Oil prices are rising, but how long it will last?
Oil price rose towards the highest level since June, as market players are waiting for the fresh weekly information on U.S. stockpiles of crude and refined products. The report will be released by the Energy Information Administration (EIA) later this day. Yesterday the American Petroleum Institute said that US oil inventories unexpectedly fell by 7.6 million barrels. This piece of information has become a trigger for the oil prices.
Brent rose by 7% last week after the OPEC announced the outline of a deal to cut the oil production. Now it continues its rally towards the new highs ($52 per barrel). How long will it last? Will the oil producers manage to hold the prices at their present rates?
Many analysts are skeptical about the success of Algiers pact. They believe that we will enter in other bearish zone as oil glut persists. Current increase in oil prices may spur the US incentives to introduce more drilling rigs. About their intentions we will know on Friday as Baker Hughes releases its rig count data.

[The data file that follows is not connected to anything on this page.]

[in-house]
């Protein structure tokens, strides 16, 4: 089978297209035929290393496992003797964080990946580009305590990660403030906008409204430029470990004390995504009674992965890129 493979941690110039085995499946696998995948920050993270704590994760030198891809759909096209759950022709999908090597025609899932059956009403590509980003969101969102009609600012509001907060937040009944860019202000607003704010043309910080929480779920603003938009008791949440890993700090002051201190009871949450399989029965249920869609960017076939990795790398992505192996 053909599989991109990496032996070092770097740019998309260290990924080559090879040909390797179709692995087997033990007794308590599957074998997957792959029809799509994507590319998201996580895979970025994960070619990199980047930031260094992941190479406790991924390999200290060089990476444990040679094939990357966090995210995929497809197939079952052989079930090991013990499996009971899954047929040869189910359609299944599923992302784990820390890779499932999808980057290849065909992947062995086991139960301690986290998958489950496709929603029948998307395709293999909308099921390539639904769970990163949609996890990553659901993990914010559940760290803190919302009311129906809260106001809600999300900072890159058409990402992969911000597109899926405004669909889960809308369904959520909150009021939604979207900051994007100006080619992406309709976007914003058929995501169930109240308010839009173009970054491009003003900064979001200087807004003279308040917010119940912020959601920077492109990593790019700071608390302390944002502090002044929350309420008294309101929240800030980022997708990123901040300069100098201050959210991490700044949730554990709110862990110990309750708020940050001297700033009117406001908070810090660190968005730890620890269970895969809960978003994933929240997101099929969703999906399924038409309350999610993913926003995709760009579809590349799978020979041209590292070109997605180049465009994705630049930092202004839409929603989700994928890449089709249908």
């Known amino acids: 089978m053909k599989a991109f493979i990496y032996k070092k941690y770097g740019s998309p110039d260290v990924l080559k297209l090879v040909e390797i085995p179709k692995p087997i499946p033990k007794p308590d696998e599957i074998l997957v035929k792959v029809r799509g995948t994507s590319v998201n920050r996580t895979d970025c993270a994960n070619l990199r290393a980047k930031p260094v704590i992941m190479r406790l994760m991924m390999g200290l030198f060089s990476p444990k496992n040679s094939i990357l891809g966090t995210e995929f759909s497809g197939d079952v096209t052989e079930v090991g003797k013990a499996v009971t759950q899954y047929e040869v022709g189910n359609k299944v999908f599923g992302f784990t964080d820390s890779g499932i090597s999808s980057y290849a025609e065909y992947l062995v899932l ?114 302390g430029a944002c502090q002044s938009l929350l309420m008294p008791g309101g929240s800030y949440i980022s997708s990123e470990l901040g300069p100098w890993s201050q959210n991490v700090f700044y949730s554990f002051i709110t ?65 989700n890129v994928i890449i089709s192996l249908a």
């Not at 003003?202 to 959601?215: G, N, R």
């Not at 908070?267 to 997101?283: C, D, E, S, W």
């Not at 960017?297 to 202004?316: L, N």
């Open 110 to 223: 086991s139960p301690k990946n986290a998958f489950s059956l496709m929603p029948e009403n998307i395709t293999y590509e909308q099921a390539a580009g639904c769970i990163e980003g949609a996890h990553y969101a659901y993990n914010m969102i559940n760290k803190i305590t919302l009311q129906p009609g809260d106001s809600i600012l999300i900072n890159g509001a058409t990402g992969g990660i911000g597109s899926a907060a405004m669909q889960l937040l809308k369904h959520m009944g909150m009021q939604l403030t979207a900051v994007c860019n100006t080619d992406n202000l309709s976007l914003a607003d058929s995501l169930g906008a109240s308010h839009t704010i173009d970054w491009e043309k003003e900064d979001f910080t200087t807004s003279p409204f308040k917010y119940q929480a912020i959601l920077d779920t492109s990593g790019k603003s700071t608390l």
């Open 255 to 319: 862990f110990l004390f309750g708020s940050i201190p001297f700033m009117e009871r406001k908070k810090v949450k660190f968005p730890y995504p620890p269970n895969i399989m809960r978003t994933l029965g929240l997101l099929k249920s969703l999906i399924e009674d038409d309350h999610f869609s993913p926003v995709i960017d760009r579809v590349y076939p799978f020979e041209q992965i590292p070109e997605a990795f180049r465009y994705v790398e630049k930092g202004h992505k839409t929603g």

Russia, the largest exporter outside OPEC, is reluctant to fulfill its promises to freeze the oil production. In spite of the tremendous fall in oil prices in 2014, Russian oil industry is still healthy, and the production is gaining momentum. Another large oil producer Kasakh Kashagan is also willing to get its piece of cake from the oil market. Regularly enough we hear announcements about the discoveries of the new oil deposit (for example, today we got a short note about 6 billion barrels discovered under Arctic waters).
So, here comes a logical question. How this rising supply could actually put up prices? For me, it’s a brain teaser. With a persistent oil glut, it is easier to believe in the failure of the agreement on the freeze of oil production, rather than wait for another period of price hikes.